Magari: What Does it Mean?

If you ended up here, you wonder whether there is any difference between the words “magari” and “forse“. Well, there is a subtle but significant one.

First of all, to understand the difference between magari and forse, we need to examine the various meanings of the Italian adverb magari.

The 3 meanings of ‘magari’

Magari is one of those little words that Italians throw in all the time, that with no direct English translation, it’s often not easy to understand. Sometimes magari means if only, sometimes it means I wish, and it means maybe too.

Let’s have a closer look at how to use magari, and how it is different from forse.

When “magari” means “maybe” 

Magari means maybe, just when it appears in combination with an indicative mood (generally the present tense or past participle).

How magari is different from forse, then?

While “forse” has a neutral connotation, “magari” entails a sense of excitement and hopefulness. If you use magari, in place of forse, you are excited about that possibility. You wish that to happen.

The Italian word magari stems from the ancient Greek word makarios, meaning positive, happy. 

  • Forse andiamo a sciare a Cortina, questo fine settimana (neutral)
  • Magari andiamo a sciare a Cortina, questo fine settimana (hopefully) 

When “magari” means “I wish” 

Magari means I wish when it is used as an exclamation in an answer. For example, if a friend asks you if you want to go for a drink downtown, and your reaction is positive, you might say magari! I wish that! Why not?. In this case, the word “magari” can be replaced by the adverb “volentieri” which means with pleasure.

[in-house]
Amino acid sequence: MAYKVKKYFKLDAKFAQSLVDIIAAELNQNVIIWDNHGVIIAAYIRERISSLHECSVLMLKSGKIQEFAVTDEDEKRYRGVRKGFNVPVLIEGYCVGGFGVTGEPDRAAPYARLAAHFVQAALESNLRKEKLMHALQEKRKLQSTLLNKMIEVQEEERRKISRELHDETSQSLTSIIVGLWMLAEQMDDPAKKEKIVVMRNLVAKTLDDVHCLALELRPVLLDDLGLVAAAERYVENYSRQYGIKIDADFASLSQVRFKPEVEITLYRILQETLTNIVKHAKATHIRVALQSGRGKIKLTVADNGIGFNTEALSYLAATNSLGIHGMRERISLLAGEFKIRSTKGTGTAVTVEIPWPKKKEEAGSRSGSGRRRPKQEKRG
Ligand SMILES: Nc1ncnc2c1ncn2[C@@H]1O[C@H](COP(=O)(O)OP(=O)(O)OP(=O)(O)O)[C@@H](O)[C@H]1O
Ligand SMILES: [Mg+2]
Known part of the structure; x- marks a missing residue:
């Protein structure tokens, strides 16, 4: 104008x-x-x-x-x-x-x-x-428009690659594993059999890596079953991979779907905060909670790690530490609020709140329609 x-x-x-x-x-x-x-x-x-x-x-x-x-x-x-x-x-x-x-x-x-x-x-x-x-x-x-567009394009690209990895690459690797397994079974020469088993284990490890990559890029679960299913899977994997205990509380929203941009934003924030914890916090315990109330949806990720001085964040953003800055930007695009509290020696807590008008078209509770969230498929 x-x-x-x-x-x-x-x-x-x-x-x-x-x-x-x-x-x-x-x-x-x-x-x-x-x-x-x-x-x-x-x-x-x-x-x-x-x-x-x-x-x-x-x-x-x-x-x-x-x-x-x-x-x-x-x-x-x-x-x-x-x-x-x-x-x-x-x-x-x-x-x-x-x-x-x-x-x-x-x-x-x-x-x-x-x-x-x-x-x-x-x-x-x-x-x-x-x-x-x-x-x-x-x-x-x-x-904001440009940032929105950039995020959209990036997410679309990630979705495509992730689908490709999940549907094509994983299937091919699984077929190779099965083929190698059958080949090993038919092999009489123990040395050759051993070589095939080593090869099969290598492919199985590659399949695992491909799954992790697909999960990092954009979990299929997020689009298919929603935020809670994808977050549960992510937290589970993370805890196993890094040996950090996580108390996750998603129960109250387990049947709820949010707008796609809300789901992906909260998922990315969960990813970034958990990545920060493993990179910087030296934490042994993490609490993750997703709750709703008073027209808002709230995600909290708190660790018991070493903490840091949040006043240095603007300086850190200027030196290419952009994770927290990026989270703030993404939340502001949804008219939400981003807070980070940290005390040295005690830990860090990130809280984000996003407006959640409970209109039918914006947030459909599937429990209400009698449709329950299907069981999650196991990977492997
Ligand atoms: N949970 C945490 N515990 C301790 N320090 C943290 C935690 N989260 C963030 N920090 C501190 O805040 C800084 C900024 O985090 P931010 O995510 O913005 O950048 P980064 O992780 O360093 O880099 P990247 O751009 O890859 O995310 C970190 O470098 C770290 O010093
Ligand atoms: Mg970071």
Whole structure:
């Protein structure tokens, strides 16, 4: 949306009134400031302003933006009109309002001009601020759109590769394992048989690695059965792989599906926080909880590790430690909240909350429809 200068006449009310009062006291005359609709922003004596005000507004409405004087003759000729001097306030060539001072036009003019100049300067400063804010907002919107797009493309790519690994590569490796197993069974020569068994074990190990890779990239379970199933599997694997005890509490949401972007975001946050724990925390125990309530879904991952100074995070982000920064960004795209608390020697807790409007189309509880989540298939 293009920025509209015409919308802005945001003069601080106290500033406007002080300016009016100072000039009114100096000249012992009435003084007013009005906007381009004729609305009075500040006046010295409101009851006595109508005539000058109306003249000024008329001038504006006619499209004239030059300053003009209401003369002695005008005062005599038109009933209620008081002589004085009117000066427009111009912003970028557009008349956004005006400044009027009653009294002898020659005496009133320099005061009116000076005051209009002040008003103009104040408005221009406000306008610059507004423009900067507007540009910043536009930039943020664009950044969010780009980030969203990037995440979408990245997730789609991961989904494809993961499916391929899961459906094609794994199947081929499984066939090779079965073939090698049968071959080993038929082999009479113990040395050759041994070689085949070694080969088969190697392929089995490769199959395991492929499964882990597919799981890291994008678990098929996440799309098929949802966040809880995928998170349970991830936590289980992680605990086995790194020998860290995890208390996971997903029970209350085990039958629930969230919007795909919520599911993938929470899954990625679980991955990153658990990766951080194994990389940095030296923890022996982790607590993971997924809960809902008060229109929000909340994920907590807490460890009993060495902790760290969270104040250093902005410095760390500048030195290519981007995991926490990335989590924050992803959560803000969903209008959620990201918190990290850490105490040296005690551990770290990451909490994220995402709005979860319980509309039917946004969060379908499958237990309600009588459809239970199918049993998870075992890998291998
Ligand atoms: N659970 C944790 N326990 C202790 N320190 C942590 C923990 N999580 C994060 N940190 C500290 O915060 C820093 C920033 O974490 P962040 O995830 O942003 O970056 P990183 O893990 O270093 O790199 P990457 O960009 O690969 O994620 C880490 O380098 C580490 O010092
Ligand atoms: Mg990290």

• Vuoi venire a vedere con me la mostra su Raffaello al Museo Nazionale?
  • Magari!

Magari, is used as an exclamation in an answer also when you mean I wished you could do something, like in the following sentences.

  • Parli bene italiano?
  • Magari!

It means that you wish you could speak Italian fluently, but you don’t at the moment.

When “magari” means “if only” 

Magari means if only (with a positive connotation) in a sentence followed by the congiuntivo imperfetto (the one with the two esses – avessi, fossi, vivessi, etc).

  • Magari potessi parlare italiano perfettamente – If only I could speak Italian perfectly
  • Magari vivessi a NYC – If only I lived in NYC 

Magari vs. Forse: The Difference Explained 

Is it always possibile to use magari as opposed to forse?

YES. Is it possible to use magari instead of forse. Magari and forse are interchangeable when magari means forse and is used with the indicative mood. Don’t forget that the message you express will be slightly different if you use one or another. Remember, magari is always positive, forse is neutral. 

Other ways to say “forse” in Italian

  • Può darsi – può darsi che cambi lavoro 
  • Per caso – hai una penna da prestarmi, per caso?
  • Probabilmente – probabilmente pioverà domani 
  • Chissà  – chissà se andremo in vacanza quest’anno

About the Author

Serena Capilli

I’m the creative force behind both this blog and my collection of short stories in simple Italian for language learners, available on Amazon.

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Ciao, I'm Serena!

I’m the creative force behind both this blog and my collection of short stories in simple Italian for language learners, available on Amazon.

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